Cupid Overpowering Pan (recto); Head of a Monk; Caricature of a Man in Profile (verso)
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Agostino Carracci
Italian, Bologna, about 1590
Black and white chalk on light blue paper (recto); black chalk (verso)
13 1/2 x 10 3/16 in.

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In the early 1590s, Agostino Carracci, his brother Annibale, and their cousin Ludovico decorated a number of rooms in Bologna's Palazzo Magnani; many of their works are still in place. Agostino Carracci made this drawing as a study for the fresco over a fireplace. The story of Cupid's conquest of the Greek god Pan demonstrated the triumph of love over lust and illustrated Virgil's dictum, "Omnia vincit Amor" (Love conquers all).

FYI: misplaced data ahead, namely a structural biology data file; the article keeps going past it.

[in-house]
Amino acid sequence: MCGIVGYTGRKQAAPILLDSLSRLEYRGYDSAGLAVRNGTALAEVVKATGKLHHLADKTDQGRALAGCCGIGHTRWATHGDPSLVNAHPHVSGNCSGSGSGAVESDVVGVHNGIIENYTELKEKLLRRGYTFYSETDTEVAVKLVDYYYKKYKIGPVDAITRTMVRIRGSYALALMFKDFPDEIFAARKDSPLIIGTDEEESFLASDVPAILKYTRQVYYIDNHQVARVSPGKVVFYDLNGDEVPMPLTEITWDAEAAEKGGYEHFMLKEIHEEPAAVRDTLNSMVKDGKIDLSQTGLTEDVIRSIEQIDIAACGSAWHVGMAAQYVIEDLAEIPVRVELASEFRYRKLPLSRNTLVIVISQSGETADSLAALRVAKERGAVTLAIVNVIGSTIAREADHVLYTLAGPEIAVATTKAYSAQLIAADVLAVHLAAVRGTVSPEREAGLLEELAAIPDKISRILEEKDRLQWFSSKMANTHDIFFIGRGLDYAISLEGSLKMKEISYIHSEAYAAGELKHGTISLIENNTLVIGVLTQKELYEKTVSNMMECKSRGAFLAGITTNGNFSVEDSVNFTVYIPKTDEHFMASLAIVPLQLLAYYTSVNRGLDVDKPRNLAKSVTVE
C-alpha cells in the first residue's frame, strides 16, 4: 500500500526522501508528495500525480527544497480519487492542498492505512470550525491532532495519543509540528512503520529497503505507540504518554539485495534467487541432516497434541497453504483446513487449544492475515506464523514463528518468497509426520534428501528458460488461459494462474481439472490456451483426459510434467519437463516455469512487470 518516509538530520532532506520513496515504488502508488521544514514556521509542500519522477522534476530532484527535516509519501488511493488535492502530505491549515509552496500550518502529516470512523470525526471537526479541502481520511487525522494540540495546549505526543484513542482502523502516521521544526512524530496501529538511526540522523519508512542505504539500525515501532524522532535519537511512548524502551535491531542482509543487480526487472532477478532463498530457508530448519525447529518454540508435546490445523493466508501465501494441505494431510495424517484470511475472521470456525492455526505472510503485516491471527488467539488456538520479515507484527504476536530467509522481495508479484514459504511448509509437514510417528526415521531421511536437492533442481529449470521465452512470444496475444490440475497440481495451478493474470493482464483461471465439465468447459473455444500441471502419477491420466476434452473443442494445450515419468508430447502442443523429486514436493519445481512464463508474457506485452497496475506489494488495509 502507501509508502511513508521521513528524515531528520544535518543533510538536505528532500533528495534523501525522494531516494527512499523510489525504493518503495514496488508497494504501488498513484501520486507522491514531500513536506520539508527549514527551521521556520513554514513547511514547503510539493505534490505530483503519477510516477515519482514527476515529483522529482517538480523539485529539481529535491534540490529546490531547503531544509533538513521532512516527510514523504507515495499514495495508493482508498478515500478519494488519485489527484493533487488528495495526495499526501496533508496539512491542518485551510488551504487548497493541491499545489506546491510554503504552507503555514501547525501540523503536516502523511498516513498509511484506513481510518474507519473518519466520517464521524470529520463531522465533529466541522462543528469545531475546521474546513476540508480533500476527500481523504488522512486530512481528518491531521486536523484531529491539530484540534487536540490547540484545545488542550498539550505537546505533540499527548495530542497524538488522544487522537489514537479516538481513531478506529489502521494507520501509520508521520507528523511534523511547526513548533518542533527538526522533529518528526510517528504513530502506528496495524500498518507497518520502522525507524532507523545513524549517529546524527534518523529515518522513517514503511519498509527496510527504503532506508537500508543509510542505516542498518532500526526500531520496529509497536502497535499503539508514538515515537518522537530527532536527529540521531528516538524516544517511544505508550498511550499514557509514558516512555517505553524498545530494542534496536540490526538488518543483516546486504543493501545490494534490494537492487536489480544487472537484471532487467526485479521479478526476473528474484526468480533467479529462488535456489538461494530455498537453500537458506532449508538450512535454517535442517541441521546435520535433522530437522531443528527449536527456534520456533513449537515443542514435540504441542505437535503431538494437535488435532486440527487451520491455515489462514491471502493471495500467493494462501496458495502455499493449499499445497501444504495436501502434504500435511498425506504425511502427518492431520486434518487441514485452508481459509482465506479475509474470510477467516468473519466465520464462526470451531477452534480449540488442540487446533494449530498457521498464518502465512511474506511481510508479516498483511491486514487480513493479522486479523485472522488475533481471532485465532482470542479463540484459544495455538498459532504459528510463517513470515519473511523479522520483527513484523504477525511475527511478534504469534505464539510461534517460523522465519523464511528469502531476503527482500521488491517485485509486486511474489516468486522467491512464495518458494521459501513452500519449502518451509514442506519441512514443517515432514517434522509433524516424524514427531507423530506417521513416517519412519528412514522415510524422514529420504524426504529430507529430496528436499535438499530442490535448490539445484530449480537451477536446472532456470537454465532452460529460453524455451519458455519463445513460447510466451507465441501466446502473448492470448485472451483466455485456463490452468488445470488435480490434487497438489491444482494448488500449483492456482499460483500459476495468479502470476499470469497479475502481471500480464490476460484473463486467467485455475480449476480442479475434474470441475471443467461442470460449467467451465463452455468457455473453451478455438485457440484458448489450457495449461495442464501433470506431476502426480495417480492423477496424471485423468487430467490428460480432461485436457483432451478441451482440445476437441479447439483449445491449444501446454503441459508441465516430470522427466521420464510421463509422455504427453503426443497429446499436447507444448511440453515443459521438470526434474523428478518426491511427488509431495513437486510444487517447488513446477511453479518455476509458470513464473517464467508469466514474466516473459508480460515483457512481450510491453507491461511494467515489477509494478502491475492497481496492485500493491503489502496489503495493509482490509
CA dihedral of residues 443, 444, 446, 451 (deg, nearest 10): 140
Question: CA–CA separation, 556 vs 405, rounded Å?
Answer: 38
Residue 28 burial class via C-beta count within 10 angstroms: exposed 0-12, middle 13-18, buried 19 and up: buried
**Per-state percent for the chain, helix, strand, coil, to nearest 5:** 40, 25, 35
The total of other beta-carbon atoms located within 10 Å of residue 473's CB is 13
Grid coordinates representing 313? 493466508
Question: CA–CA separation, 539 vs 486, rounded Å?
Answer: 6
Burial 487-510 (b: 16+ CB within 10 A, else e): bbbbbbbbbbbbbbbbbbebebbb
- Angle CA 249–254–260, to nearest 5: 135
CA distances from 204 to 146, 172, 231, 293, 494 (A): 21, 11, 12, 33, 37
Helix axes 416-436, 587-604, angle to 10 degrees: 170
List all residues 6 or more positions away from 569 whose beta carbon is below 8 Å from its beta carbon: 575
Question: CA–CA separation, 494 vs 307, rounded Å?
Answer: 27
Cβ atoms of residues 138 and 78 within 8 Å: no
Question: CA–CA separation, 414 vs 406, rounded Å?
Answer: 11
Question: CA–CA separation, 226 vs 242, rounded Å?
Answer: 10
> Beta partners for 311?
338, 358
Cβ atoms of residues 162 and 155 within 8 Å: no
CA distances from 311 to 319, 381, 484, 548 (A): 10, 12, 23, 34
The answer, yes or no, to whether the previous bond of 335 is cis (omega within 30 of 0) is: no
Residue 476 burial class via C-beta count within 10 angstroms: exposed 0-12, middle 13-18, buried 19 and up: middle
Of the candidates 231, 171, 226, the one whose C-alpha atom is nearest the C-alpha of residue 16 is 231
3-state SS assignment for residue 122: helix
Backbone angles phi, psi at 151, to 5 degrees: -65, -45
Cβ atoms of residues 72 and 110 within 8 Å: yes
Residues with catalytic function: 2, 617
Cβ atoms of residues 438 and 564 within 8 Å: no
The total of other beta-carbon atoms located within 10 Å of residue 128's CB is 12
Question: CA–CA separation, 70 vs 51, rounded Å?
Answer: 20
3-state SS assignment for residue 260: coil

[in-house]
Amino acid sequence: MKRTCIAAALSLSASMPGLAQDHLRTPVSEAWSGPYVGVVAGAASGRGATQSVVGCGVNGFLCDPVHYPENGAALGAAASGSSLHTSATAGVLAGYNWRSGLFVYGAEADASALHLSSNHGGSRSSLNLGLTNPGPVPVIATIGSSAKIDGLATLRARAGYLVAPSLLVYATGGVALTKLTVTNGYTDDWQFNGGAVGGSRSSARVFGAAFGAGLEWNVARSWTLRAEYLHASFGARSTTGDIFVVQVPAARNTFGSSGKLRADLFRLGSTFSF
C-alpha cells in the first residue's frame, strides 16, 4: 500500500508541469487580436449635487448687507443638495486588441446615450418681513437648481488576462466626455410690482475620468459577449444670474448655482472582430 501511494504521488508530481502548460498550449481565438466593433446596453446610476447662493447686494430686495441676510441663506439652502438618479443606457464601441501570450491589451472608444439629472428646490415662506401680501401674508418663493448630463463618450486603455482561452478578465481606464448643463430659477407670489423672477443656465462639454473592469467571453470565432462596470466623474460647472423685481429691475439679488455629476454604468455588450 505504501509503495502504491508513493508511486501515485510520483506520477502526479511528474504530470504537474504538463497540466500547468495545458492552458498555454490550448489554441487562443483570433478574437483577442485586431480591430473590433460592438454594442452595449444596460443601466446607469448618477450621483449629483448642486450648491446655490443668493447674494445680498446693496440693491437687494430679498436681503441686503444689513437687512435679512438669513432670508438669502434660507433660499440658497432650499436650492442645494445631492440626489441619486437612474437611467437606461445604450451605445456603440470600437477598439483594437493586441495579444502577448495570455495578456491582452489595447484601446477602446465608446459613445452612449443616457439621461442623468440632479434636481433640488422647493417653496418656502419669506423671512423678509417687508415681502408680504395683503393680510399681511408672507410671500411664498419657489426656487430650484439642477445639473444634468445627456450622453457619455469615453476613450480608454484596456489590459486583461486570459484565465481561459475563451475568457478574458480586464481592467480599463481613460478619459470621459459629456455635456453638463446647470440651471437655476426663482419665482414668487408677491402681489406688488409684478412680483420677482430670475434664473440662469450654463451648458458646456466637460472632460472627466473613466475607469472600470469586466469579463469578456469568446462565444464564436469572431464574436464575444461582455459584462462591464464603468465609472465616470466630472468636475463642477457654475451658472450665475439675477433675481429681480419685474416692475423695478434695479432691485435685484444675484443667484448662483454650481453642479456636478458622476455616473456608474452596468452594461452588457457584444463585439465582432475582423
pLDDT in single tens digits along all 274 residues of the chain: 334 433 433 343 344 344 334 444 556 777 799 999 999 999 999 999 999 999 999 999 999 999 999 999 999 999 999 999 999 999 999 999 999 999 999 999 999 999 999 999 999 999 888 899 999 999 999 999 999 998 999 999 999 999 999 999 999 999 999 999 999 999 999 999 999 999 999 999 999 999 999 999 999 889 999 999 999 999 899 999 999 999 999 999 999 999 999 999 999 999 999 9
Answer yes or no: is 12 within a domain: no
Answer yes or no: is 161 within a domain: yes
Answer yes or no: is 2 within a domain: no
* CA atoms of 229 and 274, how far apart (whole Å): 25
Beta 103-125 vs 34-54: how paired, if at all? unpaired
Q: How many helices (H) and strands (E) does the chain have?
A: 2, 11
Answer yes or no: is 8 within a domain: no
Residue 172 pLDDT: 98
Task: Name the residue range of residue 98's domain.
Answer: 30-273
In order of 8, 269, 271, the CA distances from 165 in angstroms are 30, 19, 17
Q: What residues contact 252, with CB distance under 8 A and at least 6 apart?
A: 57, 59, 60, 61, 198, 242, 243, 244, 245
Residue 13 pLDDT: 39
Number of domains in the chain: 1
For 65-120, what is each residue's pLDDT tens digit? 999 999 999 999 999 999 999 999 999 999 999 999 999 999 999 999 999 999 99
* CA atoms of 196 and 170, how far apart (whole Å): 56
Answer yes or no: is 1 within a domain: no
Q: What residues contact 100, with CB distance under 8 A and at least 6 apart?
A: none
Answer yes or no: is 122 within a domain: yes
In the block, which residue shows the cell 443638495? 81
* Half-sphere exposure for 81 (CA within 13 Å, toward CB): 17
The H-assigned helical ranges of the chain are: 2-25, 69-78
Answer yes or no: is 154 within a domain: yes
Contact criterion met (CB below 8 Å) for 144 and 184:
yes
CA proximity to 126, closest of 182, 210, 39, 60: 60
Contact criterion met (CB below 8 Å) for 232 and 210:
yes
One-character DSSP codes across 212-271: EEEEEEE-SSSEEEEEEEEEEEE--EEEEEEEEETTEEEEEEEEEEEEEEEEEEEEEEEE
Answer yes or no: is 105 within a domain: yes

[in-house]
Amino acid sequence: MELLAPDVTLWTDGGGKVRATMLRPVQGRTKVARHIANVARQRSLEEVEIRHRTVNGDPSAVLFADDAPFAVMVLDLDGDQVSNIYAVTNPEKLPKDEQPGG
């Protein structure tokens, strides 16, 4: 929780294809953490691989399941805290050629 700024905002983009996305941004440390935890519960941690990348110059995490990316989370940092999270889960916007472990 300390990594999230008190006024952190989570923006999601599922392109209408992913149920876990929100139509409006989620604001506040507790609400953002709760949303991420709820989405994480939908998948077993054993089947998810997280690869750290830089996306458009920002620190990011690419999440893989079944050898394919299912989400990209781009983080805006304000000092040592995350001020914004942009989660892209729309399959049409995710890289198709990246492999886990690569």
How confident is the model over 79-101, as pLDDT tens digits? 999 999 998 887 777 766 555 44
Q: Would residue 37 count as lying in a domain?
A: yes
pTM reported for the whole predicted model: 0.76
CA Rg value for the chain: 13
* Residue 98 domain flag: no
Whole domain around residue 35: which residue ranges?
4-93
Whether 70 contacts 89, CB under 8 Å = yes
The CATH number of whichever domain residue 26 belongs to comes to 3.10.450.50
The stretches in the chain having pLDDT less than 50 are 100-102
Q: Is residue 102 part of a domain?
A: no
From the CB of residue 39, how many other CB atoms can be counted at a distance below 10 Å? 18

Carracci made the study on the verso for the head of the priest in his painting of the Last Communion of Saint Jerome of about 1589. The soft modeling, the extreme foreshortening of Cupid's head, and the use of chalk on blue prepared paper show his interest in Venetian art.

Other Views

Verso: Monk and Caricature
Verso: Monk and Caricature